The world-renowned volcanologist, Haraldur Sigurðsson, was born in Stykkishólmur (Iceland) in 1939. He completed a Degree at Queens University in Belfast, in 1965 and received his PhD from Durham University in England, in 1970. Since that same year, Sigurðsson began to work at the University of the West Indies, conducting research on Caribbean volcanoes. He later served as professor of volcanology at the University of Rhode Island for forty years, where he also became emeritus professor of Oceanography.
His research led him to travel all over the world, specifically studying cases in Indonesia, Italy, the West Indies, the United States, western Africa, Greece, South and Central America and, of course, Iceland.
Haraldur is known for his work on the reconstruction of major volcanic eruptions and meteorite impacts of the past.
Haraldur discovered proof of a meteorite impact that happened at the time of the extinction of the dinosaurs. He also found the lost town of Tambora in Indonesia. He was a key scientist in uncovering the deadly mystery of Lake Monoun and Lake Nyos in Cameroon (That story was told in a popular YouTube show by MrBallen ).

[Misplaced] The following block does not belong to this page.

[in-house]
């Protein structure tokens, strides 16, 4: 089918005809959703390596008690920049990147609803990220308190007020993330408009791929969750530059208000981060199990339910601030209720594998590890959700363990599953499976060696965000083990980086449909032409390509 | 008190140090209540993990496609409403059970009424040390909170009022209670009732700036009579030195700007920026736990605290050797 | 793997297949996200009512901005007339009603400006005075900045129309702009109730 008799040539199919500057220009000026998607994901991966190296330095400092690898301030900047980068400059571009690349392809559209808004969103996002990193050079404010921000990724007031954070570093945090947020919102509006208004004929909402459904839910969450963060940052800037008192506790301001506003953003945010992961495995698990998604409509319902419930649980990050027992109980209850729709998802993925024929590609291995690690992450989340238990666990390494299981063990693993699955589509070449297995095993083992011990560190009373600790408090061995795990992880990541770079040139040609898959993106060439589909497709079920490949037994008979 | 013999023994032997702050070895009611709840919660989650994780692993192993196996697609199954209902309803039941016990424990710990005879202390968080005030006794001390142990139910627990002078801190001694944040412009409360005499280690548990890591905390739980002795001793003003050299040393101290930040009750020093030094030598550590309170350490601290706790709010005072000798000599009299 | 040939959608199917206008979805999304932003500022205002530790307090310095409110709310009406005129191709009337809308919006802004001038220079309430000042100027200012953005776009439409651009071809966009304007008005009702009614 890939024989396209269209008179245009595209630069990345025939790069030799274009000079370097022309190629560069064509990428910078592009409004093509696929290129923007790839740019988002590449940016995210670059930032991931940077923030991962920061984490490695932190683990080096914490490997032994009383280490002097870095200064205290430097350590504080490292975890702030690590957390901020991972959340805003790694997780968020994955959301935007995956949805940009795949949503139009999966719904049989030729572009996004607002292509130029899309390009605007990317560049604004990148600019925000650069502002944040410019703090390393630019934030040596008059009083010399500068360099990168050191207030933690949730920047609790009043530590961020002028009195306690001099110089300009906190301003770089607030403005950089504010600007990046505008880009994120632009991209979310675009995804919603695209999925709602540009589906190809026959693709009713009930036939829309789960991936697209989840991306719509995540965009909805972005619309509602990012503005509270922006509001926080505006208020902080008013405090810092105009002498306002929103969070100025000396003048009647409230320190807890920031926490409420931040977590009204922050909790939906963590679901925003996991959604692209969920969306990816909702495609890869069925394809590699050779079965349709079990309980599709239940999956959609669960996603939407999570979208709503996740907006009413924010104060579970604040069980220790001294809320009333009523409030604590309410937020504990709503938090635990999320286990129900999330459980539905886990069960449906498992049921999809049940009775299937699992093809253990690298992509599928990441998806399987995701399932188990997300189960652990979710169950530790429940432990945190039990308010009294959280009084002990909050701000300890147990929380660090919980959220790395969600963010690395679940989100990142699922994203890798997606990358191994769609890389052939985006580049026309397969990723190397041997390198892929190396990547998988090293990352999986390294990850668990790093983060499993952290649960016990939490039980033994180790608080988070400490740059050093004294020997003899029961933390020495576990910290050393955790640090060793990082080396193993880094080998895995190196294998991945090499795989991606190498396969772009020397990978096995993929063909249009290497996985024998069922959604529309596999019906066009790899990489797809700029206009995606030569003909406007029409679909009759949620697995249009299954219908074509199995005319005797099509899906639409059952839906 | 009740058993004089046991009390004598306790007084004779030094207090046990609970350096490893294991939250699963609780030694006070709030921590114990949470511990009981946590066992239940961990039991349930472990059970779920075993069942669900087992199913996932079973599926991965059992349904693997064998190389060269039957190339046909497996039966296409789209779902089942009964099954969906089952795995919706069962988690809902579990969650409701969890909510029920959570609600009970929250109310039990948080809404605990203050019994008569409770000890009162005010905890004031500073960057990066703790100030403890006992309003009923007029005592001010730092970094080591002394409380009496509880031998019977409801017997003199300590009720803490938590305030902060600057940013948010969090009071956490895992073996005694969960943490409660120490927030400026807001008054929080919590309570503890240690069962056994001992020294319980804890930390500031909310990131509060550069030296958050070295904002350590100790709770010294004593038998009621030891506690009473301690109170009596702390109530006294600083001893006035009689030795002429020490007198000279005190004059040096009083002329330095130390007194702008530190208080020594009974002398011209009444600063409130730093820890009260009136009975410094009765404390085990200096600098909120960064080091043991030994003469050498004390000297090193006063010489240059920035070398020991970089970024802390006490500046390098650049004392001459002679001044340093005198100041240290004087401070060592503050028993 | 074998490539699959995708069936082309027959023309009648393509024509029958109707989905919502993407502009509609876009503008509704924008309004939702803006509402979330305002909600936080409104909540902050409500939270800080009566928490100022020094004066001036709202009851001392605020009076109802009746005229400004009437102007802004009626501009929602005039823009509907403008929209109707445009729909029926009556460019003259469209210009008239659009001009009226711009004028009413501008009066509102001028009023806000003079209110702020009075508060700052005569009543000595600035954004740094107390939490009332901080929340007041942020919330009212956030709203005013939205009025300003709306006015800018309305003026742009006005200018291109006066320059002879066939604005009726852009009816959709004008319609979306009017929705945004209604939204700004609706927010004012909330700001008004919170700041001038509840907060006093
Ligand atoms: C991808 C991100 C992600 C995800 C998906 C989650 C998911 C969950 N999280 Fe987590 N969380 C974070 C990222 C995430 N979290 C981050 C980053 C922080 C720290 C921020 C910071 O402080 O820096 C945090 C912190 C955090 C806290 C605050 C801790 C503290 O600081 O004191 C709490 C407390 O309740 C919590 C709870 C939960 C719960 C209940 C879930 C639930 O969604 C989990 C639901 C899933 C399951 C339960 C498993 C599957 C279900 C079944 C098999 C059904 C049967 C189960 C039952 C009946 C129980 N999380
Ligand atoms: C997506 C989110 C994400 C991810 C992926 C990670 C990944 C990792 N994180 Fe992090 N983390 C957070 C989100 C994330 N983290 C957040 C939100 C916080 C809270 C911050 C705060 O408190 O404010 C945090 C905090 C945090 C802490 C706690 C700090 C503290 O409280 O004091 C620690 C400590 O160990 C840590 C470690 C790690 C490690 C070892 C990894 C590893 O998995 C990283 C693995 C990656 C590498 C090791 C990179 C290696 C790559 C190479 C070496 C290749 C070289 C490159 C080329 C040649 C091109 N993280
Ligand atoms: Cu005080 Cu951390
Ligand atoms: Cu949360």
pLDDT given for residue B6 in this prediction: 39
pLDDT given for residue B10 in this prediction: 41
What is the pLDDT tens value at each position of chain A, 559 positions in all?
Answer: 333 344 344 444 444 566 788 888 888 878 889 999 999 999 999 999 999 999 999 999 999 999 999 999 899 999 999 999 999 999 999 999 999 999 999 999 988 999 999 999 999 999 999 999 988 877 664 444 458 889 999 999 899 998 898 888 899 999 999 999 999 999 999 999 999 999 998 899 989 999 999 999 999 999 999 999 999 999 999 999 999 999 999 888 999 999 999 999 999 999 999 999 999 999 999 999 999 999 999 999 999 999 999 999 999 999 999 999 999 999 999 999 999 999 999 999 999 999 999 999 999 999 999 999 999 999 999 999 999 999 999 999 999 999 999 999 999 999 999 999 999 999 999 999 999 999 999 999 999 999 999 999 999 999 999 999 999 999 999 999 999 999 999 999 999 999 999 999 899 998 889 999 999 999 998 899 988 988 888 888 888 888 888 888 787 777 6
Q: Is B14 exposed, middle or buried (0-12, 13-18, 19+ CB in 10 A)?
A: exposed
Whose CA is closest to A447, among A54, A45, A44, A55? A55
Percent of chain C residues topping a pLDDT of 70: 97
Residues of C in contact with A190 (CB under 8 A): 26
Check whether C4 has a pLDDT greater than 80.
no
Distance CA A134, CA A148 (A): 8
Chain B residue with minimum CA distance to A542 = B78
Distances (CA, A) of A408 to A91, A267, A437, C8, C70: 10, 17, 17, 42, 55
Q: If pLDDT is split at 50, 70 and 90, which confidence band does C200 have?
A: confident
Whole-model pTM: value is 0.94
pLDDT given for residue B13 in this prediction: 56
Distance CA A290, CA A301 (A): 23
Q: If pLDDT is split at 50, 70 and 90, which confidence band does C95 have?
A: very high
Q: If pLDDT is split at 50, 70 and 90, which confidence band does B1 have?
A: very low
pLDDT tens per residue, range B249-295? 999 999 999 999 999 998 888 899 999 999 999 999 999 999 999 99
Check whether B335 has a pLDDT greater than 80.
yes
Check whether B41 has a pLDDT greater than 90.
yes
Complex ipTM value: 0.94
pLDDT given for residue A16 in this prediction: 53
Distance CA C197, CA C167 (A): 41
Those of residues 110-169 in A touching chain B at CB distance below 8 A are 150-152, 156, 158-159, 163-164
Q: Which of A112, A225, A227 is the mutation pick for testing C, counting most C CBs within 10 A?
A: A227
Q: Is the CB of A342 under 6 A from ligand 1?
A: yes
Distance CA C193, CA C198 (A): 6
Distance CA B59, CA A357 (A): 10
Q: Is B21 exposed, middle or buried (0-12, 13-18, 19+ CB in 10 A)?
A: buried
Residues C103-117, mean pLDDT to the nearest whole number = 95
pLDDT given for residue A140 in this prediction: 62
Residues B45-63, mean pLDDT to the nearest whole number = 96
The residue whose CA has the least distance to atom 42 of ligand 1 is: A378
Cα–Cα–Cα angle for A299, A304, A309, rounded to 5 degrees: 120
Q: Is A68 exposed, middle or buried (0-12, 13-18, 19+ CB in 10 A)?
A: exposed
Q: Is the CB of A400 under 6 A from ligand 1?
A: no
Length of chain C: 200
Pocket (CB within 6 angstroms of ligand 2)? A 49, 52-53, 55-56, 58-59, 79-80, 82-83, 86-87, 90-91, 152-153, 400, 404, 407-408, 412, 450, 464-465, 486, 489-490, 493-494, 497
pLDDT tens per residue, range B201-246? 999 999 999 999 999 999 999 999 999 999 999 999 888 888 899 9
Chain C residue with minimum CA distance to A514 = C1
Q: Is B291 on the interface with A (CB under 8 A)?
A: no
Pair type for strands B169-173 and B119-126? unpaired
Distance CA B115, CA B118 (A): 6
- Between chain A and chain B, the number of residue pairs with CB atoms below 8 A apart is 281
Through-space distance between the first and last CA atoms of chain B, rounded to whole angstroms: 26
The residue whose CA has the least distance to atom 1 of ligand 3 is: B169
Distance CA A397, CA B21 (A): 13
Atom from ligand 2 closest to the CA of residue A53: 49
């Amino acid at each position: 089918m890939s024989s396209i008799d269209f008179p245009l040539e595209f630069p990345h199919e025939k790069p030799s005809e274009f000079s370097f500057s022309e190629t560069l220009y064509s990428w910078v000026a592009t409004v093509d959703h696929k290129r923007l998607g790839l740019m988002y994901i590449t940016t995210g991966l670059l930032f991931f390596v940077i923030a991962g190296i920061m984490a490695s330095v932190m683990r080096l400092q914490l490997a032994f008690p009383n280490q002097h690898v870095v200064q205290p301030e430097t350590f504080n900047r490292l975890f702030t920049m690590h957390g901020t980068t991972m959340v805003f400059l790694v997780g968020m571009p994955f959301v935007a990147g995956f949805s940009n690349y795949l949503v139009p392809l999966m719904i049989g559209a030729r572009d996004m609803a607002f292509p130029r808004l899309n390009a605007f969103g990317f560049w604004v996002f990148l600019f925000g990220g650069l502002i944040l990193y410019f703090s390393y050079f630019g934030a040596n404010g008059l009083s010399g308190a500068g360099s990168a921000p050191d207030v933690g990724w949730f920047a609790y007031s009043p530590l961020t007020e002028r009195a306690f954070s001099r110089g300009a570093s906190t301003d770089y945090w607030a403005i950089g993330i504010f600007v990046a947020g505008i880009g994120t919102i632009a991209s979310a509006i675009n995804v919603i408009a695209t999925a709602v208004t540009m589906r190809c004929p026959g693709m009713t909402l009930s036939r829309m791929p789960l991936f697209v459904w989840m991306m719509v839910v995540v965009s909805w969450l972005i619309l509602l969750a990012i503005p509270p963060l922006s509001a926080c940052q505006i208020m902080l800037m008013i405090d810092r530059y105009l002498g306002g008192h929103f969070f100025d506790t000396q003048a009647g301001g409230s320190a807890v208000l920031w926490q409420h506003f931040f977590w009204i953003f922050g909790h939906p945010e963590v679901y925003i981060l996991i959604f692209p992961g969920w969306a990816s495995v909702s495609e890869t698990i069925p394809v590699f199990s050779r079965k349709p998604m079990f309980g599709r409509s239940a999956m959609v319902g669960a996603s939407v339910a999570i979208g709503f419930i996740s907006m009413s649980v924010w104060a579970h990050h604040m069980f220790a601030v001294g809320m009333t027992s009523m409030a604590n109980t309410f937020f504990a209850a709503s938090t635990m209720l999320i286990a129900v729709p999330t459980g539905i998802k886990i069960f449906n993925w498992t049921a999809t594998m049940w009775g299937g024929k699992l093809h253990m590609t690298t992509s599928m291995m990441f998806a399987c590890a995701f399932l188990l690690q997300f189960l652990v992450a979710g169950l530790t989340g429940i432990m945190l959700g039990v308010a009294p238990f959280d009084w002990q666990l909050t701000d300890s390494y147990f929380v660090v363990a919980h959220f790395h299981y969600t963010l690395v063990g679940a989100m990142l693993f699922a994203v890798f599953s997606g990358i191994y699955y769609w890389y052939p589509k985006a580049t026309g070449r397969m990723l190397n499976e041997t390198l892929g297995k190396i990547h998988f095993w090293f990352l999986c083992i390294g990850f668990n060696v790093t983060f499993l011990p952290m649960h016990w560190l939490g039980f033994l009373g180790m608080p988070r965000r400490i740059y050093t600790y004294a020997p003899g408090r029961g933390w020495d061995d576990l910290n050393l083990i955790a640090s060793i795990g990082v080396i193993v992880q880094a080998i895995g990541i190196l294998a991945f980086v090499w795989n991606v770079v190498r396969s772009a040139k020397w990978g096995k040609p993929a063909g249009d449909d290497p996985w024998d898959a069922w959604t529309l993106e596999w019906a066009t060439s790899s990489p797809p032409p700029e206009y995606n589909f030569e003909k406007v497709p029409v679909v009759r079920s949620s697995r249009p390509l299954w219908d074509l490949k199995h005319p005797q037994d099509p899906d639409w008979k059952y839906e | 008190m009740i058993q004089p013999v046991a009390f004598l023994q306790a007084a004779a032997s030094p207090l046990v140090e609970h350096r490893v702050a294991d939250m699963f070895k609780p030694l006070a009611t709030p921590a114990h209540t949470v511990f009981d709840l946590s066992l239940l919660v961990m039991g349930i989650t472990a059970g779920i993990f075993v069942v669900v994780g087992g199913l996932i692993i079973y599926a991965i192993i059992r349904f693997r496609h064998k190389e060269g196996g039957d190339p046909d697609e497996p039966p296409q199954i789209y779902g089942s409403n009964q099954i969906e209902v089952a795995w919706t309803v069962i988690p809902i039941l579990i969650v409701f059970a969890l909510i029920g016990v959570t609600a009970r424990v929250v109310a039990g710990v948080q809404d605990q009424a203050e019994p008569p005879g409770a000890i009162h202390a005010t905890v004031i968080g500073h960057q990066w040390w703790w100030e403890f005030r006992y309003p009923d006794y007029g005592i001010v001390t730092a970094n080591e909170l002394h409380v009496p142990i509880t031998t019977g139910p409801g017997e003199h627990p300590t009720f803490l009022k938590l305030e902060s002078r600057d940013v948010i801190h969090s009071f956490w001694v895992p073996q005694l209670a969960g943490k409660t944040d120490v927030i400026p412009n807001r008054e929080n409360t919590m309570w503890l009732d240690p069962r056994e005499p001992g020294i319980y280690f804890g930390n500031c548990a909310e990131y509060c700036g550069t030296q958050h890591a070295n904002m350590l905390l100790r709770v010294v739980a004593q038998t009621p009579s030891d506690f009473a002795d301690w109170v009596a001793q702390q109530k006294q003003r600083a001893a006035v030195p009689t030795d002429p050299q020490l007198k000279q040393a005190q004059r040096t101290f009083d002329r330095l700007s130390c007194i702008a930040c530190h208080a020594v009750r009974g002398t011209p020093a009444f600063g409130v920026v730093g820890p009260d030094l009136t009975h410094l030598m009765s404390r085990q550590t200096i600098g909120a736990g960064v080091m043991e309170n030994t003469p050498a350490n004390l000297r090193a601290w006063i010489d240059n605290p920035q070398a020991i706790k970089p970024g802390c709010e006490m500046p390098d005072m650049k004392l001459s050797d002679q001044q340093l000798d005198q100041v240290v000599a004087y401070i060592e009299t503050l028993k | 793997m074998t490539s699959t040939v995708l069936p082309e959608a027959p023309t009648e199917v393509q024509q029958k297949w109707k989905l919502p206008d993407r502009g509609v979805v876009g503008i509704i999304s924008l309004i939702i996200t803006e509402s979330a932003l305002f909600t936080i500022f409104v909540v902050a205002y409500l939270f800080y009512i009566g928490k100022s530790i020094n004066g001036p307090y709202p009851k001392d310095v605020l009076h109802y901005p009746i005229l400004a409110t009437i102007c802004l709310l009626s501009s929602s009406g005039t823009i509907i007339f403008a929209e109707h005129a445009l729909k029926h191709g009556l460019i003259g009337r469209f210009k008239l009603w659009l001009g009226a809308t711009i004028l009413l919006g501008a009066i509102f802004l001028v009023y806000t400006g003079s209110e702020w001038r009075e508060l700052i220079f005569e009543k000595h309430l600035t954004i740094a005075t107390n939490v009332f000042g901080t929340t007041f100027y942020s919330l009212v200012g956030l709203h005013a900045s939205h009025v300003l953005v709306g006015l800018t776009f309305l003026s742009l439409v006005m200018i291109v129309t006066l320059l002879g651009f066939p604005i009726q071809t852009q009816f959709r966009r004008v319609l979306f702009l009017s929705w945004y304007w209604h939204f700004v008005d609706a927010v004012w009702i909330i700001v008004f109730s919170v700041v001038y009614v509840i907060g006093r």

Haraldur has also made interesting discoveries on the eruption of Vesuvius in Italy and the destruction of Pompeii and Herculaneum.
Hundred and sixty articles have been published by Sigurðsson in scientific journals, plus two books on volcanology for the general reader: Encyclopedia of Volcanoes (Academic Press) and Melting the Earth (Oxford University Press). He has been awarded by the Geological Society of America, Iceland Science Society, University of Utrecht, London Geological Society and the Order of the Falcon from the President of Iceland.
Passionate traveller and art lover, Haraldur started a personal collection over the years, what would later become the Eldfjallasafn ‘Volcano Museum’ in Stykkishólmur, West Iceland. The exhibition space opened its doors in September 2009 hosting international artworks of all times, as well as artefacts, volcanic rocks, maps and books related to the field of volcanology. The show brought Haraldur Sigurðsson’s universe closer to a multitude of visitors for years.
The museum was sadly closed in 2020 for the lack of adequate housing. LAVA Centre has managed to store the artefacts and has now the honour of exhibiting an extract of the collection, thus bringing the relevant figure of Haraldur closer to our audience. The small exhibit can be viewed in the cafe area at LAVA Centre.
Haraldur Sigurðsson is an inspiration to volcanologists and nature enthusiasts all over the world and is LAVA Centre’s honorary member.